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One other point I meant to make and forgot: The point of the ordinary catenary arch is that for uniform loading, the catenary arch converts stresses into purely compressional forces, i.e. no shear forces or bending moments within the arch. The inhomogeneous catenary arch should try to do the same thing, although it has to struggle a bit more. The inhomogeneous catenary is, in fact, made up of sections of ordinary catenaries which have matching slopes at the join points, but uniform loading would have to be replaced by a particular non-uniform loading to produce purely compressional forces.

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Roger. This is nice stuff you are doing. ...It's real good food for thought to say the least!

However...& I am not sure how it relates to your thoughts..... but almost certainly long arches on Old Cremona's have distorted a bit to form their present shapes over time compared to their original form. .....So what we see on Strad posters for instance does require a degree of interpretation....You will be aware of the war of forces involved.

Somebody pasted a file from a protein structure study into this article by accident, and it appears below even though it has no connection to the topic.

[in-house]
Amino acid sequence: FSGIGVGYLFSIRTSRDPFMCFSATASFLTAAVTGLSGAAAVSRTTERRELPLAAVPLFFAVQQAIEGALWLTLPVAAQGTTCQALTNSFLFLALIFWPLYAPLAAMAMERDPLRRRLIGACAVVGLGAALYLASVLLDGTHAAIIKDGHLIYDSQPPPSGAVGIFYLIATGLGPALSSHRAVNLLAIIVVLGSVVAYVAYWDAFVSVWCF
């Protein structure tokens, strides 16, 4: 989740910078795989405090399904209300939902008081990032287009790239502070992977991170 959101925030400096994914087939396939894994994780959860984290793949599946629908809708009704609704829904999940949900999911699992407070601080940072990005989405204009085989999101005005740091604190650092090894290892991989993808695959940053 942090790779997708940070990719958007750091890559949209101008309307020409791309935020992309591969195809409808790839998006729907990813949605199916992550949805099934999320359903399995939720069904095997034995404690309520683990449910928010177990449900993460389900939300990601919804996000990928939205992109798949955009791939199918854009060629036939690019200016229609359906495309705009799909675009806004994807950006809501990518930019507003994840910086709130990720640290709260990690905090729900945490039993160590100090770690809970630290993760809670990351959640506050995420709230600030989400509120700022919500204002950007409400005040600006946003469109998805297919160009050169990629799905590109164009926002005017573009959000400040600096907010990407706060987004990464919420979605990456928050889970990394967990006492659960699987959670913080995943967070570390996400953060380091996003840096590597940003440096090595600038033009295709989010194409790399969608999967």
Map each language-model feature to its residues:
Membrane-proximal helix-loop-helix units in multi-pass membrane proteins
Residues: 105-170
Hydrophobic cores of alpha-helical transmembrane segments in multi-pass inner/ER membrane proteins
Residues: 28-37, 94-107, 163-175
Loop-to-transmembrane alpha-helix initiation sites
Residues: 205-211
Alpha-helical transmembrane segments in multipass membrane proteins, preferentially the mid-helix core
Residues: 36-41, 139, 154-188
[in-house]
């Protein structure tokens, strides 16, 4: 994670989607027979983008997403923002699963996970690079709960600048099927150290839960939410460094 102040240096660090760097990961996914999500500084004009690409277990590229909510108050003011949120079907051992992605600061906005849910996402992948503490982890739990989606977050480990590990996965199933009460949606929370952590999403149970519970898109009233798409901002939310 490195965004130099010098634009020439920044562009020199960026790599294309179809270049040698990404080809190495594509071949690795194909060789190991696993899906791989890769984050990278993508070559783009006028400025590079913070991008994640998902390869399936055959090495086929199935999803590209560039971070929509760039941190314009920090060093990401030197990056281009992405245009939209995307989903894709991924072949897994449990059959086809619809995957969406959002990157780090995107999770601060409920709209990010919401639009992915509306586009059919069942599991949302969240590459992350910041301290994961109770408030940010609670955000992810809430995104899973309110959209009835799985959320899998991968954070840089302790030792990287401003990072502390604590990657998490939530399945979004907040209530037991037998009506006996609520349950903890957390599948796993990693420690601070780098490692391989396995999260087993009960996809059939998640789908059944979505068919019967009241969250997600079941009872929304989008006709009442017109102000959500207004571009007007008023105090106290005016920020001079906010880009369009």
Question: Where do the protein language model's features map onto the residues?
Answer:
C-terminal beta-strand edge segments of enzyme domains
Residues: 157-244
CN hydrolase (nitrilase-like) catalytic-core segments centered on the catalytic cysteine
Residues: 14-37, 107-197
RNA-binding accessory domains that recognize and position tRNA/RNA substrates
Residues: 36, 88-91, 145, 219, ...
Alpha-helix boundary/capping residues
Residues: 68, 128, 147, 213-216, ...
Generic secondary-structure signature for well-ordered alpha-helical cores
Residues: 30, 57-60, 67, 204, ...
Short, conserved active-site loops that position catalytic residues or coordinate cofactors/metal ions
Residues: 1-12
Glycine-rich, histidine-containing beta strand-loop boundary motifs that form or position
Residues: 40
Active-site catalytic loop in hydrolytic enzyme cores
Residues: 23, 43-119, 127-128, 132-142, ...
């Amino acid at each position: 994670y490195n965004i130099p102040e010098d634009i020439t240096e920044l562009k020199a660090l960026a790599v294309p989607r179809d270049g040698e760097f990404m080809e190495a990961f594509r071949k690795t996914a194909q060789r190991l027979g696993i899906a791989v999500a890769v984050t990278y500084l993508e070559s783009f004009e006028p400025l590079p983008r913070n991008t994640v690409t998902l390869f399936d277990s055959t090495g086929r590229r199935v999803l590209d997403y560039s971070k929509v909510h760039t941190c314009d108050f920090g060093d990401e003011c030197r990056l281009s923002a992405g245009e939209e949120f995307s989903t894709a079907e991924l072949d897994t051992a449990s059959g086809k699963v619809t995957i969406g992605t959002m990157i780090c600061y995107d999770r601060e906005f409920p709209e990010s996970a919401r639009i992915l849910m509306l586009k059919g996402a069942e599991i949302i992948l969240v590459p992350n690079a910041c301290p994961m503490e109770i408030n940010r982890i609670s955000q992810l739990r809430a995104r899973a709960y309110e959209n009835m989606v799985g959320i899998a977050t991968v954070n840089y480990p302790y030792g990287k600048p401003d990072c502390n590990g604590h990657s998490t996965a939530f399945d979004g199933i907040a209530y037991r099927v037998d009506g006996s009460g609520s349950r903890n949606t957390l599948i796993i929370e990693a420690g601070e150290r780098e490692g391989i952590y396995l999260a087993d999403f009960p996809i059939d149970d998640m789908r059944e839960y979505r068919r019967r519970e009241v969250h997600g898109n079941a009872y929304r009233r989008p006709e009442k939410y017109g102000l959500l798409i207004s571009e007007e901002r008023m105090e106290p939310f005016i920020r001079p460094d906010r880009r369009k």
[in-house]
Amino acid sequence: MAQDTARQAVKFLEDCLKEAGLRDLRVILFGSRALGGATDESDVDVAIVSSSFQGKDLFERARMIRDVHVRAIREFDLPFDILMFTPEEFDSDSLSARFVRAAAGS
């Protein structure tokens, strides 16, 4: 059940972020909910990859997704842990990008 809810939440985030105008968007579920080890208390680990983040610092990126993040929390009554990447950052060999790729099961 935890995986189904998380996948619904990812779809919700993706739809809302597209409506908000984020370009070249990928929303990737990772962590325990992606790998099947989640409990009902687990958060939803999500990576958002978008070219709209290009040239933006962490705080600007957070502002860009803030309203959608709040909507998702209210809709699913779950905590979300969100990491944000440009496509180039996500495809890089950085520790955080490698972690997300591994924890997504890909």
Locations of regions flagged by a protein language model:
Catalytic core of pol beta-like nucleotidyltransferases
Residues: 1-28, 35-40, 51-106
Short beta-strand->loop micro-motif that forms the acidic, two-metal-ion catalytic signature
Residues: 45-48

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Hey Roger,

I wonder if this is not a case of overanalyzing....

Did you try to make an arch (preferably a whole strung up violin) following my method before you embarked on your mission to improve it?

There is a reason that I use two catenaries diagonally across the longitudinal arch, and not a single one along the center. Think about it.

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The inside arching method was first described by Euro Pelluzzi in a book called "Tecnica Costrutiva degli Antichi Liutai Italiani" (sold out, just in Italian).